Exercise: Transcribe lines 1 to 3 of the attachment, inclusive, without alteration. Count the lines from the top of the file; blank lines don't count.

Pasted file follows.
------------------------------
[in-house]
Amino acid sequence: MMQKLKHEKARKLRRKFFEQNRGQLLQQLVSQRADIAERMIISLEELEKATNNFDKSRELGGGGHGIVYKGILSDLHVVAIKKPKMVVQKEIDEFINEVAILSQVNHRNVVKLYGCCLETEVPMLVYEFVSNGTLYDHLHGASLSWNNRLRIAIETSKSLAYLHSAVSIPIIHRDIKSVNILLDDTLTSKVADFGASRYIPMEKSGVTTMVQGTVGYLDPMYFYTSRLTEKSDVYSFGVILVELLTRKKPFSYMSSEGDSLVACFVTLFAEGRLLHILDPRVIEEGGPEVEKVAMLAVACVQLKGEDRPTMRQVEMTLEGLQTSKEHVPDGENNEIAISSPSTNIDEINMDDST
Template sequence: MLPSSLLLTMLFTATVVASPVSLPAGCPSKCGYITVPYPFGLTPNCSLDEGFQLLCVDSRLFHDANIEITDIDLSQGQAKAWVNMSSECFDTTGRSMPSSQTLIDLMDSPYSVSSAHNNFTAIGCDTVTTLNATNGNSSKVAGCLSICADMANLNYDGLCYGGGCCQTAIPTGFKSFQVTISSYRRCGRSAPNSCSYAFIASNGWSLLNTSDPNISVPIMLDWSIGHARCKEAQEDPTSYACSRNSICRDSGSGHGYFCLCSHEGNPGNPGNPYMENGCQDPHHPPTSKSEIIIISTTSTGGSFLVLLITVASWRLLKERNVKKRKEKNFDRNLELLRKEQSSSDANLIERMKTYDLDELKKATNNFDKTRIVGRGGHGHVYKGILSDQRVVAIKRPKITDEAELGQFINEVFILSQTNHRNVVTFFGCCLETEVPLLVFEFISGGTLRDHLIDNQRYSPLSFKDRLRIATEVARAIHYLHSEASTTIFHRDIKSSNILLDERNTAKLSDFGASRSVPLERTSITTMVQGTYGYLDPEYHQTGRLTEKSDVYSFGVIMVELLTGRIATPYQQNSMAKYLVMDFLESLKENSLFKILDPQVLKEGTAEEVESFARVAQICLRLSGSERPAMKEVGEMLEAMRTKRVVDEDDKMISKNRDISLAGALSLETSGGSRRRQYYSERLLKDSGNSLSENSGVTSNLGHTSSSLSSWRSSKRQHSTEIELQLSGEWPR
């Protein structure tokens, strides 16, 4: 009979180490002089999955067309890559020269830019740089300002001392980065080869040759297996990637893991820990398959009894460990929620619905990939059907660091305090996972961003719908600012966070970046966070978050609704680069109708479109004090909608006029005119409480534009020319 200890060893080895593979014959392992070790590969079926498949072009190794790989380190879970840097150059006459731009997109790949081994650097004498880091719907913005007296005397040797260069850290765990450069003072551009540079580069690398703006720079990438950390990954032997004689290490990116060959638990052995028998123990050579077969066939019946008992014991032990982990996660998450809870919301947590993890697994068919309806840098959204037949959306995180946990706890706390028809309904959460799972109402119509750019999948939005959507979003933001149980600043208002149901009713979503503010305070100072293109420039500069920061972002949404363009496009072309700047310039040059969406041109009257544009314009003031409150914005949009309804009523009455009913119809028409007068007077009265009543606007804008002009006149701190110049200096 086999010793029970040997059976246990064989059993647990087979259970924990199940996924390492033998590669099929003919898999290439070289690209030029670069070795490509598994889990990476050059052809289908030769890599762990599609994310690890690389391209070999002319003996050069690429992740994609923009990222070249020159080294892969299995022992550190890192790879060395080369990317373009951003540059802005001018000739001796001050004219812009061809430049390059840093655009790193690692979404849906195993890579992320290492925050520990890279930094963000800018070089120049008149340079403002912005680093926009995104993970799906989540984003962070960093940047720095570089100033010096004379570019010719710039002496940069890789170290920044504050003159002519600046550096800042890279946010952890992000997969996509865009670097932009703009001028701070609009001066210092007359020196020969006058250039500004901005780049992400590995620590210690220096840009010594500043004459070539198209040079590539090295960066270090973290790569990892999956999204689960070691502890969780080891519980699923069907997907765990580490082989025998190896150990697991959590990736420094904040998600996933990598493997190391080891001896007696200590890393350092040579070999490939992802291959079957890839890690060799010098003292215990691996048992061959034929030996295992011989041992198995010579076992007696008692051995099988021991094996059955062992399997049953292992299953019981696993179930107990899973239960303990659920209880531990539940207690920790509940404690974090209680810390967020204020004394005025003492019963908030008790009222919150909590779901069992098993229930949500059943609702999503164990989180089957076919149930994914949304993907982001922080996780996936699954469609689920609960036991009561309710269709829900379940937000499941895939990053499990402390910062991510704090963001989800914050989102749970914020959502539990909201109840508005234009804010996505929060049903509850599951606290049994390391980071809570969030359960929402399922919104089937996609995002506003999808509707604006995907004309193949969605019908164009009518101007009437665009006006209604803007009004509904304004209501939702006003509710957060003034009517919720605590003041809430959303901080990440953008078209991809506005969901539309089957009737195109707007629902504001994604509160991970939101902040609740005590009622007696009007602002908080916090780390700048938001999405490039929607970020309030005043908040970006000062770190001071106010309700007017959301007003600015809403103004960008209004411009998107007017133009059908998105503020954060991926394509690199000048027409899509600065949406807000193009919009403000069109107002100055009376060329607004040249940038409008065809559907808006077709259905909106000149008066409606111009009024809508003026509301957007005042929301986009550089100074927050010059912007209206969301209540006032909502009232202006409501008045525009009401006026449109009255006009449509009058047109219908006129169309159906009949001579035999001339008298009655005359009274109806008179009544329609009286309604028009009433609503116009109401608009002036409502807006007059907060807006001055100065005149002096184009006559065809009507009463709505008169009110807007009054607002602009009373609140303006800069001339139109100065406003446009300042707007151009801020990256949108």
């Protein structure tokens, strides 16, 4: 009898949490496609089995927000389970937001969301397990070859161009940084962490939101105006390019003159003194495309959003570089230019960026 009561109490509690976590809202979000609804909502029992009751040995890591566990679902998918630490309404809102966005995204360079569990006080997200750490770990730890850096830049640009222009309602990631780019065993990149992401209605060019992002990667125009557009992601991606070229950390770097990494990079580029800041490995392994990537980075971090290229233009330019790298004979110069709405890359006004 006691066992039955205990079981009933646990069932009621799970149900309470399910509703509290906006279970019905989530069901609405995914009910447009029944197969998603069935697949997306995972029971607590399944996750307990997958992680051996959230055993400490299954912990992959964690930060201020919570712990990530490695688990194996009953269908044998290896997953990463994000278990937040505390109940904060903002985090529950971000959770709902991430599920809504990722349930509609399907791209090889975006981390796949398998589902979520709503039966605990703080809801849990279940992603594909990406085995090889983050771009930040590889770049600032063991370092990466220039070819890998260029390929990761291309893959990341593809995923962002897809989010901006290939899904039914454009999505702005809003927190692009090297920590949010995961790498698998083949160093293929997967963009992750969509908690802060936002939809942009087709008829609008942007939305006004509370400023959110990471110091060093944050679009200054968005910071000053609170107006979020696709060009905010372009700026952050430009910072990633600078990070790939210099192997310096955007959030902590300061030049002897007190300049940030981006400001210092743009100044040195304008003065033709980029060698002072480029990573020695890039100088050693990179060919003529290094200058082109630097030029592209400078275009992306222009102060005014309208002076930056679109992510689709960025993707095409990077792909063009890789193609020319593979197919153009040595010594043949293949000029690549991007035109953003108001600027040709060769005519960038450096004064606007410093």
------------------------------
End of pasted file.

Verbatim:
[in-house]
Amino acid sequence: MMQKLKHEKARKLRRKFFEQNRGQLLQQLVSQRADIAERMIISLEELEKATNNFDKSRELGGGGHGIVYKGILSDLHVVAIKKPKMVVQKEIDEFINEVAILSQVNHRNVVKLYGCCLETEVPMLVYEFVSNGTLYDHLHGASLSWNNRLRIAIETSKSLAYLHSAVSIPIIHRDIKSVNILLDDTLTSKVADFGASRYIPMEKSGVTTMVQGTVGYLDPMYFYTSRLTEKSDVYSFGVILVELLTRKKPFSYMSSEGDSLVACFVTLFAEGRLLHILDPRVIEEGGPEVEKVAMLAVACVQLKGEDRPTMRQVEMTLEGLQTSKEHVPDGENNEIAISSPSTNIDEINMDDST
Template sequence: MLPSSLLLTMLFTATVVASPVSLPAGCPSKCGYITVPYPFGLTPNCSLDEGFQLLCVDSRLFHDANIEITDIDLSQGQAKAWVNMSSECFDTTGRSMPSSQTLIDLMDSPYSVSSAHNNFTAIGCDTVTTLNATNGNSSKVAGCLSICADMANLNYDGLCYGGGCCQTAIPTGFKSFQVTISSYRRCGRSAPNSCSYAFIASNGWSLLNTSDPNISVPIMLDWSIGHARCKEAQEDPTSYACSRNSICRDSGSGHGYFCLCSHEGNPGNPGNPYMENGCQDPHHPPTSKSEIIIISTTSTGGSFLVLLITVASWRLLKERNVKKRKEKNFDRNLELLRKEQSSSDANLIERMKTYDLDELKKATNNFDKTRIVGRGGHGHVYKGILSDQRVVAIKRPKITDEAELGQFINEVFILSQTNHRNVVTFFGCCLETEVPLLVFEFISGGTLRDHLIDNQRYSPLSFKDRLRIATEVARAIHYLHSEASTTIFHRDIKSSNILLDERNTAKLSDFGASRSVPLERTSITTMVQGTYGYLDPEYHQTGRLTEKSDVYSFGVIMVELLTGRIATPYQQNSMAKYLVMDFLESLKENSLFKILDPQVLKEGTAEEVESFARVAQICLRLSGSERPAMKEVGEMLEAMRTKRVVDEDDKMISKNRDISLAGALSLETSGGSRRRQYYSERLLKDSGNSLSENSGVTSNLGHTSSSLSSWRSSKRQHSTEIELQLSGEWPR